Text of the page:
Mains inverters convert 12v DC from a battery into 230v AC mains electricity. This allows small electrical devices to be powered from a car battery during a power cut. It can be used to power devices such TVs, telephones and computers. As gas/oil central heating boilers only use a small amount of electricity to ignite and pump water, it may be possible to use an inverter to keep your home warm (see note in spec).
There are four important factors to consider when purchasing an inverter, which are often conveniently overlooked by overly optimistic product ads!
We only sell a 300w inverter. Whilst this may seem small, it is realistically the highest rating which can be used during a power cut from a standard car battery. The rationale can be understood by looking at the basic equation Amps = Watts/Volts.
A 300w load equates roughly to 2x TVs or a freezer. 300 watts/230volts = 1.3 Amps. So powering 300w from the mains supply pulls a total of 1.3 amps. A mains inverter has to convert that power from a 12v battery. Ignoring the power loss within the inverter itself, if you simply take 300 watts/12volts = 25 Amps. So in order to provide 300w 1.3 amps of mains power, the inverter has to take 25 amps from the battery. 25 amps is rather large! The true figure is higher, as the inverter is 85% effective.
Connecting the Inverter
We do not recommend connecting the inverter via a vehicle cigarette lighter socket, as they are generally only rated at 10-15A. The fact that the cables are only suitable for a 100w load is often in the small print, resulting in multiple product reviews online involving melted connectors. Unlike many on the market, our inverter comes with a custom made short lead with crocodile clips, for connection directly to a vehicle battery.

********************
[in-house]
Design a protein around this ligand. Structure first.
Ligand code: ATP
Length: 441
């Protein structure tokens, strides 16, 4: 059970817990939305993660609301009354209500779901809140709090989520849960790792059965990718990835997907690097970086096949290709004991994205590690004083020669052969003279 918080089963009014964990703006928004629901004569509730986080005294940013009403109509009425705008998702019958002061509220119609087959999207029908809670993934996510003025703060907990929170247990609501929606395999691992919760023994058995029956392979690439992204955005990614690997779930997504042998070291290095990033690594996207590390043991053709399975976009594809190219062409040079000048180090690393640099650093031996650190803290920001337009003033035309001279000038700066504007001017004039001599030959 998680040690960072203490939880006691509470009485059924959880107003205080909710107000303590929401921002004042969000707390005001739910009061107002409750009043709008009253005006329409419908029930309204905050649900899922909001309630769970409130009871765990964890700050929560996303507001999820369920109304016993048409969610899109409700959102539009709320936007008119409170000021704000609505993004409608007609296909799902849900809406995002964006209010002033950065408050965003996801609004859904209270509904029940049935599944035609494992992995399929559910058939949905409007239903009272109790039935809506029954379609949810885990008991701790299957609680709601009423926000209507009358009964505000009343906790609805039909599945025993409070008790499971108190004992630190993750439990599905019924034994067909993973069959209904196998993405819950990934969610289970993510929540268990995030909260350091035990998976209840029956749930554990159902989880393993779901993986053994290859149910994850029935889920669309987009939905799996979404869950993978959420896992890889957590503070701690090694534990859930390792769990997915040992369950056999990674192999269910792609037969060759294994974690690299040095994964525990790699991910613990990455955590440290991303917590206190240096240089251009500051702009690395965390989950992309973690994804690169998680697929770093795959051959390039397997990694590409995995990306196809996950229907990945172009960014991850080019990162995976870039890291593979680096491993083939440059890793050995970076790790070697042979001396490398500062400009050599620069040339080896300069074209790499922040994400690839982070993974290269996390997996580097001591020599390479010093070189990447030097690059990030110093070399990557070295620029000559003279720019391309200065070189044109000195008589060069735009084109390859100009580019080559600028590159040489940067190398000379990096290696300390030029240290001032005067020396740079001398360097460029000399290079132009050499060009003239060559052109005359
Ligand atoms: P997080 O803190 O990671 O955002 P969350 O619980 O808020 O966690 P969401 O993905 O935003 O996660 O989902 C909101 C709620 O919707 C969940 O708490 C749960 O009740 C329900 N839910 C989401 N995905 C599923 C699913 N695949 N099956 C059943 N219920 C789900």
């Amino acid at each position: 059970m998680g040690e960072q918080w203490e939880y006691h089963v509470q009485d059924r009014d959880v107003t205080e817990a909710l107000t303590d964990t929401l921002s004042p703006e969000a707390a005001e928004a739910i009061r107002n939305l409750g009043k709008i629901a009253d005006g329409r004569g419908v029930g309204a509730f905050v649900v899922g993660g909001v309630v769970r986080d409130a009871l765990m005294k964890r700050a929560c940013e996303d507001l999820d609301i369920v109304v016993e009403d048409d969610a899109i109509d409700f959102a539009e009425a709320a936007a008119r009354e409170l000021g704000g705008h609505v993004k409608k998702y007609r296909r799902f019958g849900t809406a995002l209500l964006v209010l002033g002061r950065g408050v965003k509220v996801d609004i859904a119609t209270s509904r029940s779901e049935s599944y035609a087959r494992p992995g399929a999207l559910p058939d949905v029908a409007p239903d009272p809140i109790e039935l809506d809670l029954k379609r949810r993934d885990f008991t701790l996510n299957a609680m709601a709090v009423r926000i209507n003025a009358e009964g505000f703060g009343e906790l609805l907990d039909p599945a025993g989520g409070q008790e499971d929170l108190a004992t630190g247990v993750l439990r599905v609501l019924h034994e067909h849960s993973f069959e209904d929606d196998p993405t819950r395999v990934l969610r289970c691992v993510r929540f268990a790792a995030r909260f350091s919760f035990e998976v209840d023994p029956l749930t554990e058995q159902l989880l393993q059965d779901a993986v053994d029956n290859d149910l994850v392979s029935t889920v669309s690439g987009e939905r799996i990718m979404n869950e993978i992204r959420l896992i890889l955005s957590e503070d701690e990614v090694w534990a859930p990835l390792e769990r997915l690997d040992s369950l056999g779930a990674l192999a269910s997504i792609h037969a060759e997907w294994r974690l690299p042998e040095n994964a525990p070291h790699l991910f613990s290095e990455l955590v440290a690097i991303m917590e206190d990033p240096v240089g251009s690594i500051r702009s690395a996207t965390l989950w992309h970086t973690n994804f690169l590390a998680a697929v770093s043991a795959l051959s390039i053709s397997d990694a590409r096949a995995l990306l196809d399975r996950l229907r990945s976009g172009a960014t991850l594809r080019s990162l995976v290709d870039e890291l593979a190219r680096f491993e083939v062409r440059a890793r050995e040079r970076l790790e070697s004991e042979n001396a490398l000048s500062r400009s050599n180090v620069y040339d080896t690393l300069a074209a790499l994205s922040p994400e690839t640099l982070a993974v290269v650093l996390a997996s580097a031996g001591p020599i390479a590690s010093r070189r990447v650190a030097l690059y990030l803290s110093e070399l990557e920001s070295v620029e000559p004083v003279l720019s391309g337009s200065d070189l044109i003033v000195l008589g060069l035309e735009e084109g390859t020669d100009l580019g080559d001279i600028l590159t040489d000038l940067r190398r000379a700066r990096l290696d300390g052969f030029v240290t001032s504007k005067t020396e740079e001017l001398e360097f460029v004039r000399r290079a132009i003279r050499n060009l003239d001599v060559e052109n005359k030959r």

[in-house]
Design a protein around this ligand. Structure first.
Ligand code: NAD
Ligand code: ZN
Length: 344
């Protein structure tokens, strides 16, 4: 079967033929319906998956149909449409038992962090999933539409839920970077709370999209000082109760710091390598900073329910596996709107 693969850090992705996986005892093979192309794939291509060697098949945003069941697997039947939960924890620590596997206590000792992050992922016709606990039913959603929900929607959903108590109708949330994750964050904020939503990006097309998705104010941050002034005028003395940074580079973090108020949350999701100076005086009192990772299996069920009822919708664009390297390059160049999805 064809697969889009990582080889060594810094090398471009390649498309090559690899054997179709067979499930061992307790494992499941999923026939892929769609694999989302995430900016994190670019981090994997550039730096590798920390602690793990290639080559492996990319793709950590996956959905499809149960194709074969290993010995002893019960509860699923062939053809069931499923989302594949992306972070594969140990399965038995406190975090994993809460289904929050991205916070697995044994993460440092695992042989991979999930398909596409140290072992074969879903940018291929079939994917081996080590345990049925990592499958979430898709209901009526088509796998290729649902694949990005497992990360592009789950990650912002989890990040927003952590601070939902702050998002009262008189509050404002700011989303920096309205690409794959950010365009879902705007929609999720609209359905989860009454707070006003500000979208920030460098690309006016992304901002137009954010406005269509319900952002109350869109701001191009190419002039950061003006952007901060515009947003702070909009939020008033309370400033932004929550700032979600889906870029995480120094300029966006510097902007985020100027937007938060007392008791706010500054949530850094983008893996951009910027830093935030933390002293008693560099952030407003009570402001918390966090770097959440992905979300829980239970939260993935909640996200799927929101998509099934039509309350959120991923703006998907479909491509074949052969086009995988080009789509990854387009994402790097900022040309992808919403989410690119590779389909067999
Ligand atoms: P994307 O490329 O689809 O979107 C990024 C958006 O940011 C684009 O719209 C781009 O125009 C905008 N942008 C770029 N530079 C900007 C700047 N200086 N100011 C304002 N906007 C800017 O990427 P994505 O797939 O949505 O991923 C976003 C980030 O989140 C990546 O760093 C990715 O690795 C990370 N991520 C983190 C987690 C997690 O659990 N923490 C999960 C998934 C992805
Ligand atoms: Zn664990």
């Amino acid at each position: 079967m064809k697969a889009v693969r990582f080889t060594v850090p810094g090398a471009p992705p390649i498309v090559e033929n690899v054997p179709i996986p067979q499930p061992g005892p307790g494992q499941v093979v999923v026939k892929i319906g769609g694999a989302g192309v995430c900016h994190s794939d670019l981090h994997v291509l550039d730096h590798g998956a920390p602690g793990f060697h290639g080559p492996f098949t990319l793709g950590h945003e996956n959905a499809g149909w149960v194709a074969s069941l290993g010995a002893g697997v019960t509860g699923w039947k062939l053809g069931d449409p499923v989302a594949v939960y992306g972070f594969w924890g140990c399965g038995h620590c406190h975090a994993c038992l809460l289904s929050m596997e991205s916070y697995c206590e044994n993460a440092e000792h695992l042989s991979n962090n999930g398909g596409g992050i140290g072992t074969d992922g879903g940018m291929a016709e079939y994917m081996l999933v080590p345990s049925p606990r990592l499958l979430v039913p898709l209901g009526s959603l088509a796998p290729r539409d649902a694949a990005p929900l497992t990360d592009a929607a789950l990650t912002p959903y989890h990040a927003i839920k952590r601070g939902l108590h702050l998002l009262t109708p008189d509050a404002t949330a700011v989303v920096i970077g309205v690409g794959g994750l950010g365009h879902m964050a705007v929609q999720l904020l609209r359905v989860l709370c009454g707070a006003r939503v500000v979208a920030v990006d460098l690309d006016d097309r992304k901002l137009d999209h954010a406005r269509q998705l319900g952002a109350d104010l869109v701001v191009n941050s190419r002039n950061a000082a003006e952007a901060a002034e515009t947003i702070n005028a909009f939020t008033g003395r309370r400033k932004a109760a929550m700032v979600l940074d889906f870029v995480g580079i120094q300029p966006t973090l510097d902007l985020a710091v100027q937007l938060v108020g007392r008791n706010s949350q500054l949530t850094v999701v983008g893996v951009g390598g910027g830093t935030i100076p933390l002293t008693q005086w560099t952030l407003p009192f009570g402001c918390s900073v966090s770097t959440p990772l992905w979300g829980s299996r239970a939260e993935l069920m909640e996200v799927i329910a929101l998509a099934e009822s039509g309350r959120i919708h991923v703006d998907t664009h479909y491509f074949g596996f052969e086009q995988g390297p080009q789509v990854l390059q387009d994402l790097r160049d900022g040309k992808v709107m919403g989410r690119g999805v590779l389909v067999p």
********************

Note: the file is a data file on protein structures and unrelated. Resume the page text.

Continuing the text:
The average car has a 50Ah (amp hour) battery. This means that it can supply 50 amps for a total of one hour, or 25A to enable the inverter to power 300w for 2 hours. For all but short term use, it is therefore advisable to keep your vehicle engine running, so that the alternator charges the battery. As long as the alternator is providing more power into the battery than the inverter is taking, this method can provide electricity for a prolonged period. Check your vehicle manual for details of the maximum idling time. Ensure that your vehicle is locked if the engine is left running.
Type of Electrical Output (Sine Wave)
If you look at mains electricity using an oscilloscope, it is a pure sine wave - a smooth oscillating wave which moves up and down 50 times a second. Sensitive electronic equipment such as TVs, computers and phones are designed to be powered by electricity which is a pure sine wave.
Our inverter provides the same pure sine wave, which enables it to power sensitive equipment. We verified the output of this inverter using our own oscilloscope:
Unfortunately, most cheap inverters produce a modified sine wave, which has a staggered blocky looking appearance. They can cause irreparable damage to sensitive equipment. We used our oscilloscope to test 4 other units marketed as pure sign wave on popular shopping sites and were surprised to find that all were in fact modified sine wave. Without access to an oscilloscope, it's not possible to tell before you take the plunge and connect valuable equipment.
- 12V DC input voltage.
- 230V AC output voltage, pure sine wave, 50Hz.
- The unit can provide a continuous power rating of 300w, with a maximum peak output of 600w (1kW).
- 85% power conversion effectiveness.
- Supplied with cigarette lighting lead (only for short term 100w max use) and crocodile leads for direct connection to a battery.
- Dimensions 175x106x60mm.
- N.B. If used to power a home central heating system, some require an earth/neutral link to be installed for the ignition system to function. Please consult a registered electrician for advice before connecting the boiler.
- The user is responsible for determining the suitability of any equipment to be powered by the inverter. Power Cut Prepper are not responsible for any damage caused by incorrect use.